Ateret Cohanim

From Wikipedia, the free encyclopedia
Jump to: navigation, search
Ateret Cohanim עמותת עטרת כהנים
Predecessor Atara Leyoshna
Type Nonprofit organization
Headquarters Israel, New York
Location
Key people Matityahu HaCohen Dan - Chairman
Daniel Lourie - Executive Director
Affiliations American Friends of Ateret Cohanim (aka Jerusalem Chai)
Slogan Making the old city young again
Mission Building & securing a divided Jerusalem, strengthening Jewish roots at the expense of Arab claims to the city and reestablishing thriving Jewish communities that are centered around educational institutes in and around the Old City of Jerusalem
Website www.ateret.org.il

Ateret Cohanim (Hebrew: עמותת עטרת כהניםlit. "Crown of the Priests"), also Ateret Yerushalayim, is an Israeli Jewish organization of settlers with a yeshiva located in the Muslim Quarter of the Old City of Jerusalem. It works for the creation of a Jewish majority in the Old City and Arab neighborhoods in East Jerusalem.

History[edit]

Founded in 1978, it was originally known under the name Atara Leyoshna (lit. “[returning the] former glory"). After many disagreements about the nature of its activities, the organization closed and re-opened as a new association called Ateret Cohanim with a yeshiva. While the activities of Atara Leyoshna focused mainly on locating Jewish assets in the Muslim Quarter and transferring them into Jewish hands through legal means, the activities of Ateret Cohanim involves acquiring houses in the Muslim quarter or renting them from government companies and populating them with Jews. The association owns many buildings in the Old City, where over 80 families live. Some estimate that 1,000 Israeli Jews live in houses that Ateret Cohanim purchased in the Old City since 1978.[1] The head of the association is Mati Dan. It depends heavily on donations from American Jewish businessman Irving Moskowitz and his wife Cherna Moskowitz.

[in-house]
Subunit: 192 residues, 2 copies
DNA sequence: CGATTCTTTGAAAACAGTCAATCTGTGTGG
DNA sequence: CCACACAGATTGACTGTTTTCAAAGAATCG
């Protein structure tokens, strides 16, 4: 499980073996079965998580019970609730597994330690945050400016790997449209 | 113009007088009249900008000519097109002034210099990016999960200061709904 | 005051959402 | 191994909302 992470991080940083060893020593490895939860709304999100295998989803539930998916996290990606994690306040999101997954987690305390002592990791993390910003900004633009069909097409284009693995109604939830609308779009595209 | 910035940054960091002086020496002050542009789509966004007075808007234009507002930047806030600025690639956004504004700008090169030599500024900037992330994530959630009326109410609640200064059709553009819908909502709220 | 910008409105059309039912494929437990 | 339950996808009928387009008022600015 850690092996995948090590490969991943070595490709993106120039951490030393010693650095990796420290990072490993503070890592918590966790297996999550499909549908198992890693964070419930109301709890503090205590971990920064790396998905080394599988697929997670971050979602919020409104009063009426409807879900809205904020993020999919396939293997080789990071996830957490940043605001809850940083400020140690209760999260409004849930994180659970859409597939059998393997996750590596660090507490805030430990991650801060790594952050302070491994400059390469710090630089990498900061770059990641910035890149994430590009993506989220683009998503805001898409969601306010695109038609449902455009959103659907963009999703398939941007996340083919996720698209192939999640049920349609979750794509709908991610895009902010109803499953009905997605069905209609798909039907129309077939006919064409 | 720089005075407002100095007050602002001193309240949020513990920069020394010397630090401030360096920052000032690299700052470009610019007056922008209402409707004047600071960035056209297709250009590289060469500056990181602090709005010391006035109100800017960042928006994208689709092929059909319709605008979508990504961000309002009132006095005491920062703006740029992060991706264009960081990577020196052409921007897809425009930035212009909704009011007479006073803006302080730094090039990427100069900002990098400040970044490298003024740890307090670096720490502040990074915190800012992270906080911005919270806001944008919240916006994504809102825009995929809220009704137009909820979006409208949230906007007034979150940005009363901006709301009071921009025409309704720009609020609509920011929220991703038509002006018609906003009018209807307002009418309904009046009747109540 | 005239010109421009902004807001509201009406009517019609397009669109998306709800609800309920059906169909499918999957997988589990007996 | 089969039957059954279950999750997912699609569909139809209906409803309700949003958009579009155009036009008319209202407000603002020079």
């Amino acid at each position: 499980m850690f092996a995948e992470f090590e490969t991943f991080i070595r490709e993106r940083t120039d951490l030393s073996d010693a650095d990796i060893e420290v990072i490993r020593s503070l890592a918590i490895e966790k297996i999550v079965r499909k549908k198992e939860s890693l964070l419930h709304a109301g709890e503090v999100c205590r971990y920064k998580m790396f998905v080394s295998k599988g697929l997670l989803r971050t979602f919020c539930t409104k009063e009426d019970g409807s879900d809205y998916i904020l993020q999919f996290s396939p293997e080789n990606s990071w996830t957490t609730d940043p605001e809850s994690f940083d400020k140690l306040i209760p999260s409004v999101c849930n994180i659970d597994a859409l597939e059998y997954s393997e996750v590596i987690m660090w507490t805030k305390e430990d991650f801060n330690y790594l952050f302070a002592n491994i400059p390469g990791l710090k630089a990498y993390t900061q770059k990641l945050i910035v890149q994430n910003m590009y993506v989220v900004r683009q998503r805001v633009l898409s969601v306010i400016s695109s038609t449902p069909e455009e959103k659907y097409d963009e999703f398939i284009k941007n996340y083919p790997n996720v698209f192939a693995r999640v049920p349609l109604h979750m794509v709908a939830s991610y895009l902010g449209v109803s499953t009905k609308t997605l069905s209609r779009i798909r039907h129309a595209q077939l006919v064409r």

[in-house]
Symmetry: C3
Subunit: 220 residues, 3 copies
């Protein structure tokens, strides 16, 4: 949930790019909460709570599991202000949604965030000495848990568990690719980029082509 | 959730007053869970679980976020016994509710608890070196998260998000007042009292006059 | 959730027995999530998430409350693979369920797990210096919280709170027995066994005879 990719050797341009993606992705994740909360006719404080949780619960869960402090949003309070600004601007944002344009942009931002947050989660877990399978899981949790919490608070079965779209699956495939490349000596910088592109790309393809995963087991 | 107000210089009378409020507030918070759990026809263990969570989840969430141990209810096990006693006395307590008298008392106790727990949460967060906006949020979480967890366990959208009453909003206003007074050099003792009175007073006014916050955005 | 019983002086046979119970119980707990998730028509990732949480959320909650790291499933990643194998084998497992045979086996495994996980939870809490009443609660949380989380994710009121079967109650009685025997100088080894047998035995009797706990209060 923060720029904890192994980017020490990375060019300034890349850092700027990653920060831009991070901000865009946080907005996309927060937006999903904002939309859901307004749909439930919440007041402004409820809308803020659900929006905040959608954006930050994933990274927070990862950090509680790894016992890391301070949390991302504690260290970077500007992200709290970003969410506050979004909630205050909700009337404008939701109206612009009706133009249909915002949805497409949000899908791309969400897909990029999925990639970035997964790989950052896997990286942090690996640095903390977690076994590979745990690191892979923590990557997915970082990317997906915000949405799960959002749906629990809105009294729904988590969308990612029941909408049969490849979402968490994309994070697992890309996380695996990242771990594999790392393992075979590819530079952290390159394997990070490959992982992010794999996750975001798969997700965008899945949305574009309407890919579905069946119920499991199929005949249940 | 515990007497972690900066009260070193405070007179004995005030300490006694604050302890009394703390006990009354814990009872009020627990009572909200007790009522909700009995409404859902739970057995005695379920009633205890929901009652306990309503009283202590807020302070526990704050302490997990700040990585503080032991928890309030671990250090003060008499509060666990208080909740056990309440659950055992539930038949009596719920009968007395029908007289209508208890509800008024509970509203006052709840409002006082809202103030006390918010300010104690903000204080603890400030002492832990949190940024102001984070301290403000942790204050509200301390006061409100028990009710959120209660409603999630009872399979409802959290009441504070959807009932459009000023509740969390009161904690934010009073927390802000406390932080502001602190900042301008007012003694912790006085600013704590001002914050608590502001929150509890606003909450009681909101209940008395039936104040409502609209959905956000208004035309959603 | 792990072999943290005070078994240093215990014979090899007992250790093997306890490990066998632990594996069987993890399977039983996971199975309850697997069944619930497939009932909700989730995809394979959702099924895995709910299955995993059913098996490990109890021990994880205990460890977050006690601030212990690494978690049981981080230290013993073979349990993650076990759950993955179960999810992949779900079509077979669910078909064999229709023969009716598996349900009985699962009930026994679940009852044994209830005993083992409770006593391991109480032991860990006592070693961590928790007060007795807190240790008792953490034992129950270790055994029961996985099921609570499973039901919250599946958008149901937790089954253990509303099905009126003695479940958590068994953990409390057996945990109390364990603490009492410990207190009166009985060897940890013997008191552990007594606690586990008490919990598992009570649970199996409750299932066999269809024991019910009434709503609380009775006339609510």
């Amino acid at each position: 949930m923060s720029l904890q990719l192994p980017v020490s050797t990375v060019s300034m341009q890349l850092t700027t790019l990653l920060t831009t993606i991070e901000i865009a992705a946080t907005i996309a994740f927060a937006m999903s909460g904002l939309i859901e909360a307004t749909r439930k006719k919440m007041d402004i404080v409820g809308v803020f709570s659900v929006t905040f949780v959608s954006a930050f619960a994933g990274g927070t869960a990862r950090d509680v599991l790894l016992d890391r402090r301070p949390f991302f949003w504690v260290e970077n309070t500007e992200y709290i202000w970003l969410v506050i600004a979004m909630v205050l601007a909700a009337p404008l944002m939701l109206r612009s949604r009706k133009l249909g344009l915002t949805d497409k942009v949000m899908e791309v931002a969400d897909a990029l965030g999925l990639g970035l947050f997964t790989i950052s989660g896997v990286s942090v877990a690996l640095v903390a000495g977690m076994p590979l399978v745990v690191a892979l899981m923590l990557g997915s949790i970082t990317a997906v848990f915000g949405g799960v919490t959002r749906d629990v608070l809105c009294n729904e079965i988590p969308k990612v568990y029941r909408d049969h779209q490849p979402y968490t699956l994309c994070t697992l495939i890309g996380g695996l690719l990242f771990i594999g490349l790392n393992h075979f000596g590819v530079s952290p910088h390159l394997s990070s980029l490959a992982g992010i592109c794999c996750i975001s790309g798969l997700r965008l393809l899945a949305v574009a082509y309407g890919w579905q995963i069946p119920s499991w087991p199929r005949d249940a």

Land purchases[edit]

Around 2000, Ateret Cohanim and another organization, the Ir David Foundation, began to acquire land in Arab neighborhoods of East Jerusalem outside the Old City. They operate mainly in the village of Silwan and at the Beit Orot Yeshiva on the Mount of Olives. Ateret Cohanim also works to judiacize Abu Dis and the neighborhood adjacent to the tomb of Shimon HaTzadik in Sheikh Jarrah.

In the Old City, the yeshiva was involved in buying property from Arabs, Greeks, and Armenians. Ateret Cohanim reportedly owns more than 70 buildings in the Muslim Quarter. The property includes their yeshiva, the building that houses Yeshiva Shuvu Banim, several dormitories, a museum, and about 50 apartment units. Some of the property belonged to Jews who lived in the Muslim Quarter before they were driven out by pogroms in 1929 and 1936. Other properties belonged to the Greek Orthodox Church, in the Christian Quarter, prior to a disputed deal which involved the Patriarch Irineos, resulting in properties tenants in the Christian Quarter being driven out.[2]